[Solved] Kernel Power 41 Critical Error on Windows 10

By April Cai in Common Errors Tags: Windows 10

If your computer didn’t shut down cleanly, or it restarts unexpectedly, Kernel Power 41 Critical Error may occur on your computer.  It’s shown as the image below in Event log:

Critical error means you must do some troubleshoot for your Windows 10. But no worry! Follow the solutions here to get rid of it!

Option 1. Update your audio drivers

In most cases, Kernel-Power error is caused by your misbehaving sound card driver. Whether it’s outdated, missing or corrupted, it’s very likely cause the error. In such case, make sure to update your audio driver please.

1)
Press Windows key + X key together to open quick-access menu.
Click Device Manager to open it.

2)
Find and expand Sound, video and game controllers dialog.
Then right-click on your audio driver to choose Update driver.

2)
Click Search automatically for updated driver software.

Now Microsoft will detect the update for you automatically.

However, for some reasons Microsoft cannot always find the update for you. Thus if you receive the message: The best driver software for your device is already installed, please choose other methods to update the driver.

As for other methods, you can choose to download the latest driver from the manufacturer’s website manually. Or let Driver Easy help you.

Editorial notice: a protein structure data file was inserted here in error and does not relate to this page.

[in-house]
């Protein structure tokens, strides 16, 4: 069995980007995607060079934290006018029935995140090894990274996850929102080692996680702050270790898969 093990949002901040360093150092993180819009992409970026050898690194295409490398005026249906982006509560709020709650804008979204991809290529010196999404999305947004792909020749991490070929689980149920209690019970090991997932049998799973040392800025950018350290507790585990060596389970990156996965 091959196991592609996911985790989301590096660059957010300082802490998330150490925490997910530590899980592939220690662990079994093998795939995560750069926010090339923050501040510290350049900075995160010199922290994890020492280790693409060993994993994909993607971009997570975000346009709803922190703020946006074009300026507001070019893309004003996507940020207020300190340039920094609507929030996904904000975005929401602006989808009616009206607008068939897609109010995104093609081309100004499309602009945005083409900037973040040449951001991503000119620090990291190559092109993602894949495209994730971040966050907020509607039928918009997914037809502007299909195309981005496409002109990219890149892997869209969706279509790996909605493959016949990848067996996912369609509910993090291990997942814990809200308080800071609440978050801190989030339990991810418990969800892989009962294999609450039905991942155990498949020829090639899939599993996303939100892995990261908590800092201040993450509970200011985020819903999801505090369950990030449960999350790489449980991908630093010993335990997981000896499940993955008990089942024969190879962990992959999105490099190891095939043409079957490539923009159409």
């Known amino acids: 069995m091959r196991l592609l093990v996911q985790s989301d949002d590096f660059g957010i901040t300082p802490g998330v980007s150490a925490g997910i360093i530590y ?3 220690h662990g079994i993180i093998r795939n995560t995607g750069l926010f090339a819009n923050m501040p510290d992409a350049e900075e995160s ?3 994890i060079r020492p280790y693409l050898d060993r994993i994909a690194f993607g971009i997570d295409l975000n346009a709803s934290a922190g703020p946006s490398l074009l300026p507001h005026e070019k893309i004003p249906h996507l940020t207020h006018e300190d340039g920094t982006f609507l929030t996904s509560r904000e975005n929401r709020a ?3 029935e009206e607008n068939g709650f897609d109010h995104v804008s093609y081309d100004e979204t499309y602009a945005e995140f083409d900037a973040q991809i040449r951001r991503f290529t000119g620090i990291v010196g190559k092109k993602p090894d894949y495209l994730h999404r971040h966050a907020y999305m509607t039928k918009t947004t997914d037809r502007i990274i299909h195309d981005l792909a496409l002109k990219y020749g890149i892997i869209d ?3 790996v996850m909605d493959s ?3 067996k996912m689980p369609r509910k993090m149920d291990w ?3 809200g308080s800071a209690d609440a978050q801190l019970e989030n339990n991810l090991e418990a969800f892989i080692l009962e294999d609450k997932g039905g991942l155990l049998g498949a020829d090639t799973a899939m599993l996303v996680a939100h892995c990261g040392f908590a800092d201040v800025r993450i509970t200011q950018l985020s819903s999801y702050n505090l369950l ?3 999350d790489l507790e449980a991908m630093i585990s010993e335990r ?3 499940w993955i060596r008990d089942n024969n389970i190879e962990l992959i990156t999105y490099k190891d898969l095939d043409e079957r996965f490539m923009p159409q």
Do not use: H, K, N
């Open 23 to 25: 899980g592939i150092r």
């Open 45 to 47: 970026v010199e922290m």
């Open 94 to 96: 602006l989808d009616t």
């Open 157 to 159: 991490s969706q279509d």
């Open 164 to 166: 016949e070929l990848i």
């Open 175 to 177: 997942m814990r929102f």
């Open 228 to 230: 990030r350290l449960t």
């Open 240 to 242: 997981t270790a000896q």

You can try its Free version, and update your drivers one by one. Or you can update all your missing and outdated drivers automatically with just one-click with the Pro version.

No worry to try it as it comes with a no-questions-asked 30-day money-back guarantee and professional tech support 24/7.

Option 2. Change your power settings

Power settings may also cause the error.  Follow the steps below to change it to try to fix the error.

1)
Type power settings in the search box from Start menu.
Then click Power & sleep Options to open it.

2)
Click Change when the computer sleeps on the left.
Proceed to click Change advanced power settings.

3)
On Power Options window, find and expand Hard disk > Turn off hard disk after, then set it to be Never.
Proceed to find and expand Sleep > Sleep after, then set it to be Never as well.
After it’s done, click OK to save your settings.

That’s it.

For any questions please feel free to leave your comment below to let us know, thanks.

  • Harry Ohrn

    This problem seems to coincide with the lastest big update for Windows 10. It is affecting my wife’s system but not mine. We both have AMD processors but my system is home built and hers isn’t. I’ve tried all of the usual fixes with driver updates and even reset the processor, added more heat paste, checked and reseated RAM and changed out the power supply. The problem disappeared for 3 days but is back again. Now I’m reading in the news that Microsoft has a patch that “fixes” a vulnerability issue with Windows 10 but messes with the processor power on older systems. Older meaning older than 6 months. What are they doing? Flying off the back of Apple and their excuse for slowing down their old phones?

    • dwpegues